Project description:Hemoglobin subunit alpha (HBA) expression in endothelial cells (ECs) has recently been shown to control vascular tone and function. We sought to elucidate the transcriptional regulation of HBA expression in the EC. Gain of KLF2 or KLF4 function studies led to significant induction of HBA in ECs. An opposite effect was observed in ECs isolated from animals with endothelial-specific ablation of Klf2, Klf4 or both. Promoter reporter assays demonstrated that KLF2/KLF4 transactivated the hemoglobin alpha promoter, an effect that was abrogated following mutation of all four putative KLF-binding sites. Fine promoter mutational studies localized three out of four KLF-binding sites (sites 2, 3, and 4) as critical for the transactivation of the HBA promoter by KLF2/KLF4. Chromatin immunoprecipitation studies showed that KLF4 bound to the HBA promoter in ECs. Thus, KLF2 and KLF4 serve as important regulators that promote HBA expression in the endothelium.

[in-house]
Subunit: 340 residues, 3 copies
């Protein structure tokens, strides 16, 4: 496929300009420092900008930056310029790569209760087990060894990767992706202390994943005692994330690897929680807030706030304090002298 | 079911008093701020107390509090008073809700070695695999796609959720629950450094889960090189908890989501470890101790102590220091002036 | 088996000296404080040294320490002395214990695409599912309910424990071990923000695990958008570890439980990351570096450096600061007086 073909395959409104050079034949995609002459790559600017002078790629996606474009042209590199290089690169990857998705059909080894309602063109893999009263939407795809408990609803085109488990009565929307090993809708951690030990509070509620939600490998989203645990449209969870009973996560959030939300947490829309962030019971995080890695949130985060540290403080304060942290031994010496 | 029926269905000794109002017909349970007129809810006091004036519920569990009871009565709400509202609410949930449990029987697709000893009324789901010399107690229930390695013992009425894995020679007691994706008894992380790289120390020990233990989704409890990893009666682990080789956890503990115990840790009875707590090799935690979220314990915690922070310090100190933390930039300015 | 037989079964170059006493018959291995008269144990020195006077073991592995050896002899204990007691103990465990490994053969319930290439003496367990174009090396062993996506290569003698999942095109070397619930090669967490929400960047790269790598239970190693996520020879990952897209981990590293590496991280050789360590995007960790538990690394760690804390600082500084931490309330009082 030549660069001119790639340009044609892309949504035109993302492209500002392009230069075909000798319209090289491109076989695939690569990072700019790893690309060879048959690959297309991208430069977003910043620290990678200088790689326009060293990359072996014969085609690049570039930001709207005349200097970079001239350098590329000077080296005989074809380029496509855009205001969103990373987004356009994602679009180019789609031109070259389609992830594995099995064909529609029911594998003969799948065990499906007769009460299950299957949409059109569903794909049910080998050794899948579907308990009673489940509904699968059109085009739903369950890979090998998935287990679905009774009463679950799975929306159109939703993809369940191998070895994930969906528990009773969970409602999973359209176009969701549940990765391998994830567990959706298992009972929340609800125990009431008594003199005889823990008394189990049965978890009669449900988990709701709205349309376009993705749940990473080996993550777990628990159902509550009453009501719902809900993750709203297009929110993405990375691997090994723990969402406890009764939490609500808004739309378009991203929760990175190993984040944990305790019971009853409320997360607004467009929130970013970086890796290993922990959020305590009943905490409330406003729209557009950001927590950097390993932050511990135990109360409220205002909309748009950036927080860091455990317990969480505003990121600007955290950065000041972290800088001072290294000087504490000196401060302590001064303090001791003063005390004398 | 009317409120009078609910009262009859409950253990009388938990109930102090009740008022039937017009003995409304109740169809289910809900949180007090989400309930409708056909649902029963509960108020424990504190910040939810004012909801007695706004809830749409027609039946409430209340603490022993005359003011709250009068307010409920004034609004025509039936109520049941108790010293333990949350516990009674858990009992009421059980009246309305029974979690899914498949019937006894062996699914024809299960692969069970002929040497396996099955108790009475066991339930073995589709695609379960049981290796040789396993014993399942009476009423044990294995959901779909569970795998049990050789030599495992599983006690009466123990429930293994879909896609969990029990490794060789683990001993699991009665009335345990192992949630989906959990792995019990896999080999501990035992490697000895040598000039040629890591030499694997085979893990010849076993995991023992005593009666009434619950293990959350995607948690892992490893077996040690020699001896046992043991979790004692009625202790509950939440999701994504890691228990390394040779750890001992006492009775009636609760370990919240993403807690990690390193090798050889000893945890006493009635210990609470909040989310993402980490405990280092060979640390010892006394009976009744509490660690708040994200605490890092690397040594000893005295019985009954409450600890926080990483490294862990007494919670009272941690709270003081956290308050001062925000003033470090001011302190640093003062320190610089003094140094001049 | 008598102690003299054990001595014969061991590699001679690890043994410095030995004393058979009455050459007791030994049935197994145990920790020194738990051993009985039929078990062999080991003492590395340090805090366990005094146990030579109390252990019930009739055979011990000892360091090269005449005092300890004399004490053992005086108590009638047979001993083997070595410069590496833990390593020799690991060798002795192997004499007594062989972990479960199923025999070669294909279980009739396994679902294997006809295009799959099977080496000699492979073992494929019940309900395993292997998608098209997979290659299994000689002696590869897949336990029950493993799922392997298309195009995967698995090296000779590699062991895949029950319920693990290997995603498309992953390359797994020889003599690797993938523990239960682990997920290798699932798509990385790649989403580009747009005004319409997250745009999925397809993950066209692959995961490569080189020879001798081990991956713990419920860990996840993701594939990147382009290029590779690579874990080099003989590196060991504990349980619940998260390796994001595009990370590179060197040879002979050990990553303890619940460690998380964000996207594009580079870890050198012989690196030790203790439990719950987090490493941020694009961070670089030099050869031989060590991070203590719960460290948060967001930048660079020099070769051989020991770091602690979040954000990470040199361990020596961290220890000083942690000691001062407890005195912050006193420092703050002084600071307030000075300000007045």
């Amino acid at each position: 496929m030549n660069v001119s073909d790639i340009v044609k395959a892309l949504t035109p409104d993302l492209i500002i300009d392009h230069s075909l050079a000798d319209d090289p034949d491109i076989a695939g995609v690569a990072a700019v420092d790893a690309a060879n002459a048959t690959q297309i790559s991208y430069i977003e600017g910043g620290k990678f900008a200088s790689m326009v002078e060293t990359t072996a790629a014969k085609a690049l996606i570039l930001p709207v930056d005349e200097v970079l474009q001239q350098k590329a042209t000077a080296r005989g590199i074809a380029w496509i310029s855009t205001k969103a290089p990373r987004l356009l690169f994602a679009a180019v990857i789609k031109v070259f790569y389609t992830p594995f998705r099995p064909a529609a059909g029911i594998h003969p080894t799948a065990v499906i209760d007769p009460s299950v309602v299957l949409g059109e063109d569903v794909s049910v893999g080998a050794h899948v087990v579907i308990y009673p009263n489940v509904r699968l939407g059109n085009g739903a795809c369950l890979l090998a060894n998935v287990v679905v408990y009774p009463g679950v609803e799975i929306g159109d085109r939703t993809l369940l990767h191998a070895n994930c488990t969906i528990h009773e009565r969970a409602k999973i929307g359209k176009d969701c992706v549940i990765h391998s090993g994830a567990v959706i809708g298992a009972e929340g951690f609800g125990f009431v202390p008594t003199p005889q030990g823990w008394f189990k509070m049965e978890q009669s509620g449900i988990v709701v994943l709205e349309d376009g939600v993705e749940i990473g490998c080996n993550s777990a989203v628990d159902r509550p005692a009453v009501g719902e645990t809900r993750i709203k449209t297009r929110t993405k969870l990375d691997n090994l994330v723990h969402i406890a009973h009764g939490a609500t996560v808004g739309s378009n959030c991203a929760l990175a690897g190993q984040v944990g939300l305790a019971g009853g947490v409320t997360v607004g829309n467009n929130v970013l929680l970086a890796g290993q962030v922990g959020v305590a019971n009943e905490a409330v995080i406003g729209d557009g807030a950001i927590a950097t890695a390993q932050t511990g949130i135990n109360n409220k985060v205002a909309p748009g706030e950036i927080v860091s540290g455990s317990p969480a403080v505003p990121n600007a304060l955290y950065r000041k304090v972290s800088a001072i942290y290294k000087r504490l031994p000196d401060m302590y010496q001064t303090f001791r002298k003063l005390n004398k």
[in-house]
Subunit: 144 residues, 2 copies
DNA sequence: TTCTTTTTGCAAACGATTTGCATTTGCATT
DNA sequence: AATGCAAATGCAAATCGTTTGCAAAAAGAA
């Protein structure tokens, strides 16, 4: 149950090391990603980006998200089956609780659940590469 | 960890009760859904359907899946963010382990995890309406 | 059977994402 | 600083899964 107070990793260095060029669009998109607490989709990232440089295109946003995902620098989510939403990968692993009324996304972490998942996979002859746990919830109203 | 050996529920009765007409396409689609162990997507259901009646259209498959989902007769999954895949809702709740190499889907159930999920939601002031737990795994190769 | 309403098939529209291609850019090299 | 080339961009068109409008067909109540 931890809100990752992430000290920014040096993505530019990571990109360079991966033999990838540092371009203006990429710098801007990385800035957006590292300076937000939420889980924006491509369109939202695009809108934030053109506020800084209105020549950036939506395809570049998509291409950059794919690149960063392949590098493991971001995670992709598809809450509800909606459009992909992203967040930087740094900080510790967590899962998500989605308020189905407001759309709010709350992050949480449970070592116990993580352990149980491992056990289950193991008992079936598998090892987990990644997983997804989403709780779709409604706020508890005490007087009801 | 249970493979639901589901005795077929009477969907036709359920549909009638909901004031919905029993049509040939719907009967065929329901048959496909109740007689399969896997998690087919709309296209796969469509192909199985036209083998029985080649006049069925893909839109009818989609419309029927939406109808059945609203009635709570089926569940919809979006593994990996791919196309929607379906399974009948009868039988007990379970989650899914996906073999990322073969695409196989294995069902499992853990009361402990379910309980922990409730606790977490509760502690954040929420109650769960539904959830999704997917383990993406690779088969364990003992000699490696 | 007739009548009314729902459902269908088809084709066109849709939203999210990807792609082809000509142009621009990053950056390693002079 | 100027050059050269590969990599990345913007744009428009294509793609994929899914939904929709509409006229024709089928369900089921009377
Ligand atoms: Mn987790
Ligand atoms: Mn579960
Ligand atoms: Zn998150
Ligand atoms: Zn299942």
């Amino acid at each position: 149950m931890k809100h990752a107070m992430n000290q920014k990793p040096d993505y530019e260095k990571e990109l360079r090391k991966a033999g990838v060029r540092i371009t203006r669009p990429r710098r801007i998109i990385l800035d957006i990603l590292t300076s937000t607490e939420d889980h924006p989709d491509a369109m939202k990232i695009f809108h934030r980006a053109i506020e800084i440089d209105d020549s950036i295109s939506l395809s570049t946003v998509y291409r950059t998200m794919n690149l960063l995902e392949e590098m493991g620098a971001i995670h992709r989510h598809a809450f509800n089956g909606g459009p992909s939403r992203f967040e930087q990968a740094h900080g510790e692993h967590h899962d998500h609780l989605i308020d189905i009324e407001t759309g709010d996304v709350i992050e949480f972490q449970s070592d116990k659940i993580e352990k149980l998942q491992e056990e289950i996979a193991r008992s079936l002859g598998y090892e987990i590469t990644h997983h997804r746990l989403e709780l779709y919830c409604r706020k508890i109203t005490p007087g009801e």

Project description:Upregulated by atheroprotective flow, the transcription factor Krüppel-like factor 2 (KLF2) is crucial for maintaining endothelial function. MicroRNAs (miRNAs) are noncoding small RNAs that regulate gene expression at the posttranscriptional level. We examined the role of miRNAs, particularly miR-92a, in the atheroprotective flow-regulated KLF2.Dicer knockdown increased the level of KLF2 mRNA in human umbilical vein endothelial cells, suggesting that KLF2 is regulated by miRNA. In silico analysis predicted that miR-92a could bind to the 3' untranslated region of KLF2 mRNA. Overexpression of miR-92a decreased the expression of KLF2 and the KLF2-regulated endothelial nitric oxide synthase and thrombomodulin at mRNA and protein levels. A complementary finding is that miR-92a inhibitor increased the mRNA and protein expression of KLF2, endothelial nitric oxide synthase, and thrombomodulin. Subsequent studies revealed that atheroprotective laminar flow downregulated the level of miR-92a precursor to induce KLF2, and the level of this flow-induced KLF2 was reduced by miR-92a precursor. Furthermore, miR-92a level was lower in human umbilical vein endothelial cells exposed to the atheroprotective pulsatile shear flow than under atheroprone oscillatory shear flow. Anti-Ago1/2 immunoprecipitation coupled with real-time polymerase chain reaction revealed that pulsatile shear flow decreased the functional targeting of miR-92a precursor/KLF2 mRNA in human umbilical vein endothelial cells. Consistent with these findings, mouse carotid arteries receiving miR-92a precursor exhibited impaired vasodilatory response to flow.Atheroprotective flow patterns decrease the level of miR-92a, which in turn increases KLF2 expression to maintain endothelial homeostasis.